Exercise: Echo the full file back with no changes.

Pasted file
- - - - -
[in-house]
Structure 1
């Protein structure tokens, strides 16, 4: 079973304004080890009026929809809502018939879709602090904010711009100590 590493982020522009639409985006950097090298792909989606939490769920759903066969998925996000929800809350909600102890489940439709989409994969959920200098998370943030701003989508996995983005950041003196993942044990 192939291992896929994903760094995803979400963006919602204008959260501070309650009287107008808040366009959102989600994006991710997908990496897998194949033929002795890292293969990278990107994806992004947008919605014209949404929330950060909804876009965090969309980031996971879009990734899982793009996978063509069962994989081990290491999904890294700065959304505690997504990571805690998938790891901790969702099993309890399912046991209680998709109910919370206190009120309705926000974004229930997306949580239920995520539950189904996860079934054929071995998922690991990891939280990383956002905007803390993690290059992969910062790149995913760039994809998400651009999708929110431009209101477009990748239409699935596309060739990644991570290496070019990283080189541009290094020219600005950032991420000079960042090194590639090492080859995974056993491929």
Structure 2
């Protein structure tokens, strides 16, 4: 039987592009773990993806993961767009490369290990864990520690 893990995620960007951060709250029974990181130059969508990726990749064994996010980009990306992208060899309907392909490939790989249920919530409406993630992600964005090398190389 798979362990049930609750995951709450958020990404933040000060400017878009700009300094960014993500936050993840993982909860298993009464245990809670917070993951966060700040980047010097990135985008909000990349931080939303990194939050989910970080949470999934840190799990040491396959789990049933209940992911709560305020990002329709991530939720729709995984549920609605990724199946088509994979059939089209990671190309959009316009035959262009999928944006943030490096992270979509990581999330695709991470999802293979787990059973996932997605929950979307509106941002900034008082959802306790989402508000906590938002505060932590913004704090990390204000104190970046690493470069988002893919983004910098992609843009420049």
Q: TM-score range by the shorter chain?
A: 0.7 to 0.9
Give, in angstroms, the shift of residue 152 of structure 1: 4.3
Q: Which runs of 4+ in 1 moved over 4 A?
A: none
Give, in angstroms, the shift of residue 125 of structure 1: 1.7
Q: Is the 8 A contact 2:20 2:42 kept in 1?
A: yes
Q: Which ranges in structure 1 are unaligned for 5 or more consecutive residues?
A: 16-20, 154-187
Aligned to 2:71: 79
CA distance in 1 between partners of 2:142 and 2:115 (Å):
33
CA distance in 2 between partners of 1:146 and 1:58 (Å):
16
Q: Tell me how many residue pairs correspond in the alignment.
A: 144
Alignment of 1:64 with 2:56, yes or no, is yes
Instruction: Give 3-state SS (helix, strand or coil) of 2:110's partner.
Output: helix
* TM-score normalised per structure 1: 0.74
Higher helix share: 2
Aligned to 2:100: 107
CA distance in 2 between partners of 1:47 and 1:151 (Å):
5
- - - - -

[in-house]
Structure 1
């Protein structure tokens, strides 16, 4: 079973304004080890009026929809809502018939879709602090904010711009100590 590493982020522009639409985006950097090298792909989606939490769920759903066969998925996000929800809350909600102890489940439709989409994969959920200098998370943030701003989508996995983005950041003196993942044990 192939291992896929994903760094995803979400963006919602204008959260501070309650009287107008808040366009959102989600994006991710997908990496897998194949033929002795890292293969990278990107994806992004947008919605014209949404929330950060909804876009965090969309980031996971879009990734899982793009996978063509069962994989081990290491999904890294700065959304505690997504990571805690998938790891901790969702099993309890399912046991209680998709109910919370206190009120309705926000974004229930997306949580239920995520539950189904996860079934054929071995998922690991990891939280990383956002905007803390993690290059992969910062790149995913760039994809998400651009999708929110431009209101477009990748239409699935596309060739990644991570290496070019990283080189541009290094020219600005950032991420000079960042090194590639090492080859995974056993491929």
Structure 2
């Protein structure tokens, strides 16, 4: 039987592009773990993806993961767009490369290990864990520690 893990995620960007951060709250029974990181130059969508990726990749064994996010980009990306992208060899309907392909490939790989249920919530409406993630992600964005090398190389 798979362990049930609750995951709450958020990404933040000060400017878009700009300094960014993500936050993840993982909860298993009464245990809670917070993951966060700040980047010097990135985008909000990349931080939303990194939050989910970080949470999934840190799990040491396959789990049933209940992911709560305020990002329709991530939720729709995984549920609605990724199946088509994979059939089209990671190309959009316009035959262009999928944006943030490096992270979509990581999330695709991470999802293979787990059973996932997605929950979307509106941002900034008082959802306790989402508000906590938002505060932590913004704090990390204000104190970046690493470069988002893919983004910098992609843009420049």
Q: TM-score range by the shorter chain?
A: 0.7 to 0.9
Give, in angstroms, the shift of residue 152 of structure 1: 4.3
Q: Which runs of 4+ in 1 moved over 4 A?
A: none
Give, in angstroms, the shift of residue 125 of structure 1: 1.7
Q: Is the 8 A contact 2:20 2:42 kept in 1?
A: yes
Q: Which ranges in structure 1 are unaligned for 5 or more consecutive residues?
A: 16-20, 154-187
Aligned to 2:71: 79
CA distance in 1 between partners of 2:142 and 2:115 (Å):
33
CA distance in 2 between partners of 1:146 and 1:58 (Å):
16
Q: Tell me how many residue pairs correspond in the alignment.
A: 144
Alignment of 1:64 with 2:56, yes or no, is yes
Instruction: Give 3-state SS (helix, strand or coil) of 2:110's partner.
Output: helix
* TM-score normalised per structure 1: 0.74
Higher helix share: 2
Aligned to 2:100: 107
CA distance in 2 between partners of 1:47 and 1:151 (Å):
5